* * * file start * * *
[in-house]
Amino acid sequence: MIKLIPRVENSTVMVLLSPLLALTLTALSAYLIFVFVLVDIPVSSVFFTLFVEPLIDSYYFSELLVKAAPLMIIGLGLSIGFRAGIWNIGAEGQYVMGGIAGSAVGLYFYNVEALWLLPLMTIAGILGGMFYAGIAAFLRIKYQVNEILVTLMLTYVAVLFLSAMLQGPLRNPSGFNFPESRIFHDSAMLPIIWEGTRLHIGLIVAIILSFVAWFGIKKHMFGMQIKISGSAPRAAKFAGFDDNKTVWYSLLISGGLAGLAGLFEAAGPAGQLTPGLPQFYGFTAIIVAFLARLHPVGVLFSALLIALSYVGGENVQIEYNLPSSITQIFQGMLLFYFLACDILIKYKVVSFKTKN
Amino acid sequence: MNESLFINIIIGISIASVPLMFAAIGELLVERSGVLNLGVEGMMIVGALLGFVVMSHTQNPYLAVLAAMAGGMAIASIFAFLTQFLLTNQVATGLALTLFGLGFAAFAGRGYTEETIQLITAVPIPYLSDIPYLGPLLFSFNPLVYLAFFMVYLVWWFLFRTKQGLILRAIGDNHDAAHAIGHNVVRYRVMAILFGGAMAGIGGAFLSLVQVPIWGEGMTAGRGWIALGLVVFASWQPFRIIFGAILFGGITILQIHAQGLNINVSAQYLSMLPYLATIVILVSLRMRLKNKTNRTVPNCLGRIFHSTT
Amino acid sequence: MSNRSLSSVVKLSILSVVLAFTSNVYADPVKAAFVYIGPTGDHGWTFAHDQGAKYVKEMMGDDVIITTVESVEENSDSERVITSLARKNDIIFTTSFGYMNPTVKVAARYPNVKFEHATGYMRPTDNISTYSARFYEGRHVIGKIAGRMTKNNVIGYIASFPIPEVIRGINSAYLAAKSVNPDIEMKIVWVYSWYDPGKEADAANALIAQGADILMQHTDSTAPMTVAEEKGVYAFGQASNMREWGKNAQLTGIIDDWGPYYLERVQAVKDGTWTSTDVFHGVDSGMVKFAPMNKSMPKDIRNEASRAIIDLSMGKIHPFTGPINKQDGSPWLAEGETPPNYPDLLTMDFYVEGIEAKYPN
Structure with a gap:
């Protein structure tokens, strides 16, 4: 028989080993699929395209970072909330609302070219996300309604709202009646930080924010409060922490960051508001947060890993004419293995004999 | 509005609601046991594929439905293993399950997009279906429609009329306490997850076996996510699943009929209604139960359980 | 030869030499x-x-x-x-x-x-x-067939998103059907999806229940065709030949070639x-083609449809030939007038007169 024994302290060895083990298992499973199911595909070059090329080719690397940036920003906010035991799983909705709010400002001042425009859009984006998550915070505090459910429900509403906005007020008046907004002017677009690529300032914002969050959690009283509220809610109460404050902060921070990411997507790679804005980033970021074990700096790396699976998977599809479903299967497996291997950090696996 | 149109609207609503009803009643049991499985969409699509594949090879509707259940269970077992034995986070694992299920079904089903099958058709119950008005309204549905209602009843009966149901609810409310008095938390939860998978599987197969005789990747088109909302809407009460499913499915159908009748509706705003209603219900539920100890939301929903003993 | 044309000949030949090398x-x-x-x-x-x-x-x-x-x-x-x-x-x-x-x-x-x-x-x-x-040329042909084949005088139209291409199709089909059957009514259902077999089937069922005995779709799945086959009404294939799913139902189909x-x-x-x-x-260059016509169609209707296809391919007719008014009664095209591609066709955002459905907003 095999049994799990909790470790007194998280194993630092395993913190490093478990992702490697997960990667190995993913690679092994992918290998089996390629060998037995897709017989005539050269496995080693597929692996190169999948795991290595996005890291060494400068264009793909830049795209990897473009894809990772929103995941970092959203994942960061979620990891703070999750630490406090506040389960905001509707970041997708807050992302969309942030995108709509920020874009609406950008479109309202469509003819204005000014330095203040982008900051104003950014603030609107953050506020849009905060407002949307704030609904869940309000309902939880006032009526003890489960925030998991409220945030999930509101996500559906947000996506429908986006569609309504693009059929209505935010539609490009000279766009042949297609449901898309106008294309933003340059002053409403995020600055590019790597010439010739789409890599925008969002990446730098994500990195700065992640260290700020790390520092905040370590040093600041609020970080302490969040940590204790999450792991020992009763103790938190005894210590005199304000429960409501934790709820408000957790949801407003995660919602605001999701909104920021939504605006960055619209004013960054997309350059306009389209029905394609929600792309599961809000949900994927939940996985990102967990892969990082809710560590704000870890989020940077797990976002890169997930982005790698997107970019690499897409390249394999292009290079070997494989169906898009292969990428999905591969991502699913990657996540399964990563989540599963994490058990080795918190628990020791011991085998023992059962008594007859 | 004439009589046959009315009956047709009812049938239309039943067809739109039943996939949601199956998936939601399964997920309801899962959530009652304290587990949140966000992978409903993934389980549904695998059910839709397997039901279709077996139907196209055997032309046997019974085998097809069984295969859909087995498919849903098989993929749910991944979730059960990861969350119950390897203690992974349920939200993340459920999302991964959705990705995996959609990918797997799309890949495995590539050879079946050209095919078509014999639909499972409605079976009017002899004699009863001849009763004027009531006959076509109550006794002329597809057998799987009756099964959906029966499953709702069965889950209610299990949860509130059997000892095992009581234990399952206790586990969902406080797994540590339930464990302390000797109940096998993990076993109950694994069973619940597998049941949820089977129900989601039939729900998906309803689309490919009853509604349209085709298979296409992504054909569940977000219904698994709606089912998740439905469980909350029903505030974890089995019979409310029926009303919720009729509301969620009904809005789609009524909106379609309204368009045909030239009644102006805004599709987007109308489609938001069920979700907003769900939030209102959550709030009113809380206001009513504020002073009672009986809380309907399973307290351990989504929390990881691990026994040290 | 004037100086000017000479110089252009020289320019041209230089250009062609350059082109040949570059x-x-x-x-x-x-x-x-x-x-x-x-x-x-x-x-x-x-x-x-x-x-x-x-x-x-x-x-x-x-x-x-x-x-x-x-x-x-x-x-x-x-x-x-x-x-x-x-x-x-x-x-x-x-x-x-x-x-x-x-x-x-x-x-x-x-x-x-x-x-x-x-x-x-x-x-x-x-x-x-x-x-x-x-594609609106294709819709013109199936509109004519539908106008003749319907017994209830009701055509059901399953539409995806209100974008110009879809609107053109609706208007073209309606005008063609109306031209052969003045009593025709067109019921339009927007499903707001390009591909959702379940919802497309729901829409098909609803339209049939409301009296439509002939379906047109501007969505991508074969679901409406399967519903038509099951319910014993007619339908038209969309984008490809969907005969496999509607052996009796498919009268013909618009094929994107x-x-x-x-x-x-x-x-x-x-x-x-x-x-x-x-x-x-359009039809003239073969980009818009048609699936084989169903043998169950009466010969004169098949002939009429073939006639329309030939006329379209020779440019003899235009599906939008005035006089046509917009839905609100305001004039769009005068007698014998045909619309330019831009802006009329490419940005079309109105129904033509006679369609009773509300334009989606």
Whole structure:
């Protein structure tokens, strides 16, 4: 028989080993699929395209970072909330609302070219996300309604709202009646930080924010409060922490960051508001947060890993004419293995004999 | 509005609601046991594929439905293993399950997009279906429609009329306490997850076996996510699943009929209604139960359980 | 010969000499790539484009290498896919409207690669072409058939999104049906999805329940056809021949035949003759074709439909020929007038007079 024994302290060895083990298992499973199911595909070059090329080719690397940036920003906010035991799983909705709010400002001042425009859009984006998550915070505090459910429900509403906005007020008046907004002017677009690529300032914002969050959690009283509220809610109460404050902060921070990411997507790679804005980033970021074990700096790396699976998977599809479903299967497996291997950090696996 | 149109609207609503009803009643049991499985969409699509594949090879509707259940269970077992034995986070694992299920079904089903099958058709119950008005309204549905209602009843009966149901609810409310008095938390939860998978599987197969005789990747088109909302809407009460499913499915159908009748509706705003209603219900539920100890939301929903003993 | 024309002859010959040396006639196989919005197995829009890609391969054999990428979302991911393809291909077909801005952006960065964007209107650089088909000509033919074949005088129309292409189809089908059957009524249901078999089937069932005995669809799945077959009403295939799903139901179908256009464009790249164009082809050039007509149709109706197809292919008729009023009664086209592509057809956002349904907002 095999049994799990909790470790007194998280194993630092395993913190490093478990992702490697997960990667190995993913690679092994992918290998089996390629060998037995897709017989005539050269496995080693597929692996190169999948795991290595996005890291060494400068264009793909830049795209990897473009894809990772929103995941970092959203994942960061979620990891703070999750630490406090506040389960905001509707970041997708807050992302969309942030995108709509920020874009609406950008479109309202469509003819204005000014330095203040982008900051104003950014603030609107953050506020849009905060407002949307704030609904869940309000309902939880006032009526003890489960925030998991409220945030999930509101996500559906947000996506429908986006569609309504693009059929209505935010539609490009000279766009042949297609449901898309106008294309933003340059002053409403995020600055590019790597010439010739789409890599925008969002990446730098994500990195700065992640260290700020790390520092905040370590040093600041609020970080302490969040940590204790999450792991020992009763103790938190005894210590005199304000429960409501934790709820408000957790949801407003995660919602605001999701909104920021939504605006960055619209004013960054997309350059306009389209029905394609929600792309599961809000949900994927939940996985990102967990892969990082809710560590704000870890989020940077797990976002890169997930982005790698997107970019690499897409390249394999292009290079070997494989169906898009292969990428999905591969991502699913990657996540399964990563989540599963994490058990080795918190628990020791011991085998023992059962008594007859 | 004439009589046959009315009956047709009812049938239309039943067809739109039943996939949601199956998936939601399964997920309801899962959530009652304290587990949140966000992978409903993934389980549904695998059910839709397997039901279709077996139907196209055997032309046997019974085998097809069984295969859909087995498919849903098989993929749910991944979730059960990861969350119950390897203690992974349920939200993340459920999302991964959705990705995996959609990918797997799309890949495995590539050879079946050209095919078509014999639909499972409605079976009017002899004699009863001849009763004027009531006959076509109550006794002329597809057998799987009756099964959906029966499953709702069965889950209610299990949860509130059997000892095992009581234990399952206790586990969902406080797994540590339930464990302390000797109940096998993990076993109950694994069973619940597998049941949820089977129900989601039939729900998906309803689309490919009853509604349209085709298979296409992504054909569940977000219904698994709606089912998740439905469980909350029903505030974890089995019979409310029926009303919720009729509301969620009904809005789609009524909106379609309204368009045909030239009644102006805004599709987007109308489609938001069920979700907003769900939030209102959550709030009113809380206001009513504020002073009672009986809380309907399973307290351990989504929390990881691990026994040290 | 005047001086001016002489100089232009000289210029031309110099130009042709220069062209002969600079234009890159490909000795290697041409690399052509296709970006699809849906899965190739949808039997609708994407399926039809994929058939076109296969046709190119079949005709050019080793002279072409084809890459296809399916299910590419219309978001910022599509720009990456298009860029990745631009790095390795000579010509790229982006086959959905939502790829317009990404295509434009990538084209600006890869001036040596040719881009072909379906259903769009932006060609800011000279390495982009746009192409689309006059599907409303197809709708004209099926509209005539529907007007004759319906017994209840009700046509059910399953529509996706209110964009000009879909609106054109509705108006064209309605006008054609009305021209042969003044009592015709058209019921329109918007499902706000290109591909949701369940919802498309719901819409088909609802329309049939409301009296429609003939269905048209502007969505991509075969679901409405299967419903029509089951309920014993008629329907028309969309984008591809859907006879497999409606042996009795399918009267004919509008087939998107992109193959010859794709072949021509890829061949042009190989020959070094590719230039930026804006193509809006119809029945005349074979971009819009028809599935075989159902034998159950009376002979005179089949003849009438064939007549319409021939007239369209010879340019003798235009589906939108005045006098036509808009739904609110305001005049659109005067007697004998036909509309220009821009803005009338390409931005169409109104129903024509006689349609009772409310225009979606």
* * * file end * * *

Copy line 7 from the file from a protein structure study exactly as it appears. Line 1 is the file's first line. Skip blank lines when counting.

Whole structure: